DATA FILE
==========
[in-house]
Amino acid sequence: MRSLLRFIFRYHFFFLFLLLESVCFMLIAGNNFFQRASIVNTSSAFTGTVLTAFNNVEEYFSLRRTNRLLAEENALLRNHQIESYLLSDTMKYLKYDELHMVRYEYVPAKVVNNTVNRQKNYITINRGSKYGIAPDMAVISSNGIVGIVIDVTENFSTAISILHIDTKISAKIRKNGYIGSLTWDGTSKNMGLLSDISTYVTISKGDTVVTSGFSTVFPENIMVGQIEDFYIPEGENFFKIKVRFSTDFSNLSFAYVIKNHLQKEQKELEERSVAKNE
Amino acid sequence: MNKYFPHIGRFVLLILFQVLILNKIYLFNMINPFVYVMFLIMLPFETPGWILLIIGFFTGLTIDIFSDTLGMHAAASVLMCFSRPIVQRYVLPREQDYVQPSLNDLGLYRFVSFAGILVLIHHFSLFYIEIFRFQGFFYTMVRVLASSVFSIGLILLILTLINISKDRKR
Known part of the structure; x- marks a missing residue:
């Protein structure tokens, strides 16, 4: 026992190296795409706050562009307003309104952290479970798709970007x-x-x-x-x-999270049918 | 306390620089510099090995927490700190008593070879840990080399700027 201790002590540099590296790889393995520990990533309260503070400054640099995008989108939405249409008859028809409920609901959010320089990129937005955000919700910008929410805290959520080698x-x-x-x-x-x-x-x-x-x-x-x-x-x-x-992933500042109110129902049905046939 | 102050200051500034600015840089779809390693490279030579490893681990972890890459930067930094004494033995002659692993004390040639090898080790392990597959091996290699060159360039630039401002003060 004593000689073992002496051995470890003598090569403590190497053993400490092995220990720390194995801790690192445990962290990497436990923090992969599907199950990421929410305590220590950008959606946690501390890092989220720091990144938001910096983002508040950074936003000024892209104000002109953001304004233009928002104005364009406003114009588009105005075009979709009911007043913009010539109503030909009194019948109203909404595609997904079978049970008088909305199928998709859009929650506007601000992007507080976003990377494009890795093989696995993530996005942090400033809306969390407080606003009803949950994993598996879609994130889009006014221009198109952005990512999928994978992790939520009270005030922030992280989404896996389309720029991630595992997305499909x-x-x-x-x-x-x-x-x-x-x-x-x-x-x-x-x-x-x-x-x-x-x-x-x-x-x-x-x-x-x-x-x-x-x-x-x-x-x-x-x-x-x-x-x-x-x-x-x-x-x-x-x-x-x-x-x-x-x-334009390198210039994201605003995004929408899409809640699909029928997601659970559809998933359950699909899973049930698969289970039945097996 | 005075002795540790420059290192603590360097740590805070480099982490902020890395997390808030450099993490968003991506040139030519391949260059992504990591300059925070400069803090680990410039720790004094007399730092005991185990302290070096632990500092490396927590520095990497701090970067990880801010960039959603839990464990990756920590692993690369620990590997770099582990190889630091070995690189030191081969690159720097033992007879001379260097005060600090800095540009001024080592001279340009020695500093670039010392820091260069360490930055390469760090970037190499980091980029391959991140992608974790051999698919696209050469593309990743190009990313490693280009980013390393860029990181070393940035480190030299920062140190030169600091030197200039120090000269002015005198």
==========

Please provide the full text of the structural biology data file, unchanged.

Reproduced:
[in-house]
Amino acid sequence: MRSLLRFIFRYHFFFLFLLLESVCFMLIAGNNFFQRASIVNTSSAFTGTVLTAFNNVEEYFSLRRTNRLLAEENALLRNHQIESYLLSDTMKYLKYDELHMVRYEYVPAKVVNNTVNRQKNYITINRGSKYGIAPDMAVISSNGIVGIVIDVTENFSTAISILHIDTKISAKIRKNGYIGSLTWDGTSKNMGLLSDISTYVTISKGDTVVTSGFSTVFPENIMVGQIEDFYIPEGENFFKIKVRFSTDFSNLSFAYVIKNHLQKEQKELEERSVAKNE
Amino acid sequence: MNKYFPHIGRFVLLILFQVLILNKIYLFNMINPFVYVMFLIMLPFETPGWILLIIGFFTGLTIDIFSDTLGMHAAASVLMCFSRPIVQRYVLPREQDYVQPSLNDLGLYRFVSFAGILVLIHHFSLFYIEIFRFQGFFYTMVRVLASSVFSIGLILLILTLINISKDRKR
Known part of the structure; x- marks a missing residue:
């Protein structure tokens, strides 16, 4: 026992190296795409706050562009307003309104952290479970798709970007x-x-x-x-x-999270049918 | 306390620089510099090995927490700190008593070879840990080399700027 201790002590540099590296790889393995520990990533309260503070400054640099995008989108939405249409008859028809409920609901959010320089990129937005955000919700910008929410805290959520080698x-x-x-x-x-x-x-x-x-x-x-x-x-x-x-992933500042109110129902049905046939 | 102050200051500034600015840089779809390693490279030579490893681990972890890459930067930094004494033995002659692993004390040639090898080790392990597959091996290699060159360039630039401002003060 004593000689073992002496051995470890003598090569403590190497053993400490092995220990720390194995801790690192445990962290990497436990923090992969599907199950990421929410305590220590950008959606946690501390890092989220720091990144938001910096983002508040950074936003000024892209104000002109953001304004233009928002104005364009406003114009588009105005075009979709009911007043913009010539109503030909009194019948109203909404595609997904079978049970008088909305199928998709859009929650506007601000992007507080976003990377494009890795093989696995993530996005942090400033809306969390407080606003009803949950994993598996879609994130889009006014221009198109952005990512999928994978992790939520009270005030922030992280989404896996389309720029991630595992997305499909x-x-x-x-x-x-x-x-x-x-x-x-x-x-x-x-x-x-x-x-x-x-x-x-x-x-x-x-x-x-x-x-x-x-x-x-x-x-x-x-x-x-x-x-x-x-x-x-x-x-x-x-x-x-x-x-x-x-x-334009390198210039994201605003995004929408899409809640699909029928997601659970559809998933359950699909899973049930698969289970039945097996 | 005075002795540790420059290192603590360097740590805070480099982490902020890395997390808030450099993490968003991506040139030519391949260059992504990591300059925070400069803090680990410039720790004094007399730092005991185990302290070096632990500092490396927590520095990497701090970067990880801010960039959603839990464990990756920590692993690369620990590997770099582990190889630091070995690189030191081969690159720097033992007879001379260097005060600090800095540009001024080592001279340009020695500093670039010392820091260069360490930055390469760090970037190499980091980029391959991140992608974790051999698919696209050469593309990743190009990313490693280009980013390393860029990181070393940035480190030299920062140190030169600091030197200039120090000269002015005198």